Nursing homes should be required to have a set number of direct care nursing staff to cover the needs and care of patients. New York State is trying to determine how to quantify that number base don the acuity of the residents. However, lobbyists and nursing home apologists are pushing back against any mandatory minimum staffing requirements.
Safe-staffing requirements have been talked about for years. The current version of legislation that addresses it would require nursing homes in New York have a set ratio of at least one nurse for every five patients. Governor Andrew Cuomo this year directed the NYS Department of Health to study the viability of the proposal and see whether it would offer increased safety to patients.
Over the last few years, News10NBC has told dozens of stories about the care and conditions inside some of our local nursing homes. Something we’ve heard consistently from patients and their families is complaints about a lack of proper staffing to provide the kind of care that’s needed.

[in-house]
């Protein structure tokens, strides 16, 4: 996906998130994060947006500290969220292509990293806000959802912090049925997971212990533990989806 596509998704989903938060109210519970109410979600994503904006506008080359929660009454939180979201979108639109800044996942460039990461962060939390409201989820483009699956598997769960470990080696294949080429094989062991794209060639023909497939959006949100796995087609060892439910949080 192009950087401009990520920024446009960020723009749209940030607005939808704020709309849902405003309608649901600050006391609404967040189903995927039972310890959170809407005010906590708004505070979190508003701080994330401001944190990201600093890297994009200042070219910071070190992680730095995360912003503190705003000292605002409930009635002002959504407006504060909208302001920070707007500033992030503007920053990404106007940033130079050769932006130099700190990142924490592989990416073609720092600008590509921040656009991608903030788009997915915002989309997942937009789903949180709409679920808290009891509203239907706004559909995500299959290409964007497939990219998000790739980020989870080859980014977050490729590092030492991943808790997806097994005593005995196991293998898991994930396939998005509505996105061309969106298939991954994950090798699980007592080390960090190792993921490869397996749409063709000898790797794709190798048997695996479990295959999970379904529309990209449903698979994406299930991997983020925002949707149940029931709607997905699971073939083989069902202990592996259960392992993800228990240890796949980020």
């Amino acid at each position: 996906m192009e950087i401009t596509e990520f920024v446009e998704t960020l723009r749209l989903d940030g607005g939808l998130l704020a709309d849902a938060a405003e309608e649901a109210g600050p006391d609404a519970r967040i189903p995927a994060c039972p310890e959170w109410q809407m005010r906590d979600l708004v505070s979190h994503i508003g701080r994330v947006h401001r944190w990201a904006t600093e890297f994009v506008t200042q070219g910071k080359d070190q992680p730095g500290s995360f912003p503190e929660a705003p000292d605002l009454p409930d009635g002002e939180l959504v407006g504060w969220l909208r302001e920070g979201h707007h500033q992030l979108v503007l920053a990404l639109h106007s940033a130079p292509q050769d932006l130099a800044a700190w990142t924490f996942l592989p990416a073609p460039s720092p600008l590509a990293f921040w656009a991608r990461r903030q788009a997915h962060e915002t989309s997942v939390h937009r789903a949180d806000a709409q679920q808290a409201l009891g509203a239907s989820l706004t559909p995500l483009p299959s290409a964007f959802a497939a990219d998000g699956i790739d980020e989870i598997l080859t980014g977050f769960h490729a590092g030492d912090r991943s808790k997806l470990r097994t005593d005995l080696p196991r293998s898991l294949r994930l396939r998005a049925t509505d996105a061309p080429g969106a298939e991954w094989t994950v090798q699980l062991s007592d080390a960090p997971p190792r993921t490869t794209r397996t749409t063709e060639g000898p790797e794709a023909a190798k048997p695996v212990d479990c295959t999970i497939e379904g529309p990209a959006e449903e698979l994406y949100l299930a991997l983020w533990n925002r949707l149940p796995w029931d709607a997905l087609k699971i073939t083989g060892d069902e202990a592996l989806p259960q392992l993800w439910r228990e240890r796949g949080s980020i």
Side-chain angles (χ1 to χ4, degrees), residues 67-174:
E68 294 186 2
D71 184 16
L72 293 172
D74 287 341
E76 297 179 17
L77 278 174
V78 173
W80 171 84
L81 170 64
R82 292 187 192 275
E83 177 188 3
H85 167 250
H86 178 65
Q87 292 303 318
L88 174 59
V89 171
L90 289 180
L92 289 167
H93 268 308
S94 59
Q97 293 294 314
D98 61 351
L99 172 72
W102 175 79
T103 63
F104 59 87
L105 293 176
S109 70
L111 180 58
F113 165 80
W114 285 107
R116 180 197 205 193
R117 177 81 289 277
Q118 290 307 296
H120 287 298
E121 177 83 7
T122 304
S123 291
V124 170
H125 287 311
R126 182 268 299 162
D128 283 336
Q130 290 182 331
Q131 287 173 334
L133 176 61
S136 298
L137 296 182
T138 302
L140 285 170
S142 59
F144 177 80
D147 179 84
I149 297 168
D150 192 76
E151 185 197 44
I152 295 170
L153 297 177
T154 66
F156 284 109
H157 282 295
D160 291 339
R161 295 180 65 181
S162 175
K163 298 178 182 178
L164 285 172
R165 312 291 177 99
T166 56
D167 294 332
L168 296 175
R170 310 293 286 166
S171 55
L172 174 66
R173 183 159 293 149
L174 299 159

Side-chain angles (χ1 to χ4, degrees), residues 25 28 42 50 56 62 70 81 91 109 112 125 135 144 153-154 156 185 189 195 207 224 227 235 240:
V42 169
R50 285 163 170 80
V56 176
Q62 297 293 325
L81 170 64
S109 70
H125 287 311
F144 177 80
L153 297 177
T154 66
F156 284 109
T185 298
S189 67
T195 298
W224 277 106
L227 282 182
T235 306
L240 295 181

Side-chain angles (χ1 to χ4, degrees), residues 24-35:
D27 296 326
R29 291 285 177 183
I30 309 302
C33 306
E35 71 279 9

“We are here today to be a voice for those in nursing homes and hospitals who suffer, and yes die, in silence because of low staffing levels,” said Mary Ann Spring, a registered nurse and member of the Elder Justice Committee.
Marj Donhauser’s mother has been a patient at a local nursing home for the past five years.
“I cry all the way back (home) because I don’t want to leave my mother in that situation because there’s no one to look after her,” she told News10NBC.
The turnover and burnout rate in nursing homes is high. Then there’s the pay. Certified Nursing Assistants and LPN’s are, in some cases, making close to minimum wage.
“You can go to McDonald’s, give somebody a hamburger and say, have a nice day, and get $15 for doing that,” said Donhauser.